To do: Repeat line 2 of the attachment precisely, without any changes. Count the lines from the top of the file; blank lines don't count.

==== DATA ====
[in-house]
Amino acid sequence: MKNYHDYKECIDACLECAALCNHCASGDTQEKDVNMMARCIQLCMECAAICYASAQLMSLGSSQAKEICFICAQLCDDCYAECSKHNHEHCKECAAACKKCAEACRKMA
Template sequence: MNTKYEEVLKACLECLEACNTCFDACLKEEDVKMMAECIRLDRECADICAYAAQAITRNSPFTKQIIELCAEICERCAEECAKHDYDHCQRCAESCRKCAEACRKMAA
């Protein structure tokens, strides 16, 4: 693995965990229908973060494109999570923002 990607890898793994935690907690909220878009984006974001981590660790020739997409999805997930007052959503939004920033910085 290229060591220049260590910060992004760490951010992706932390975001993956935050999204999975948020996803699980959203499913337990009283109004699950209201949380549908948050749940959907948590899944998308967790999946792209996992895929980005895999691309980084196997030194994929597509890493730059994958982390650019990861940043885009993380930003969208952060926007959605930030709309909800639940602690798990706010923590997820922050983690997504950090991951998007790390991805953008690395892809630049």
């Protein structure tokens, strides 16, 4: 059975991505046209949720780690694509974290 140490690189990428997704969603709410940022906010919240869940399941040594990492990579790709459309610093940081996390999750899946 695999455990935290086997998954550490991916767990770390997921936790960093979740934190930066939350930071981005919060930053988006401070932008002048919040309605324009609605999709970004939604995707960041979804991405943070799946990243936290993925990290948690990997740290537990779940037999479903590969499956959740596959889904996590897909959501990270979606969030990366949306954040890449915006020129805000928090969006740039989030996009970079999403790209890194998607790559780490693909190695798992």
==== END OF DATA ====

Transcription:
Amino acid sequence: MKNYHDYKECIDACLECAALCNHCASGDTQEKDVNMMARCIQLCMECAAICYASAQLMSLGSSQAKEICFICAQLCDDCYAECSKHNHEHCKECAAACKKCAEACRKMA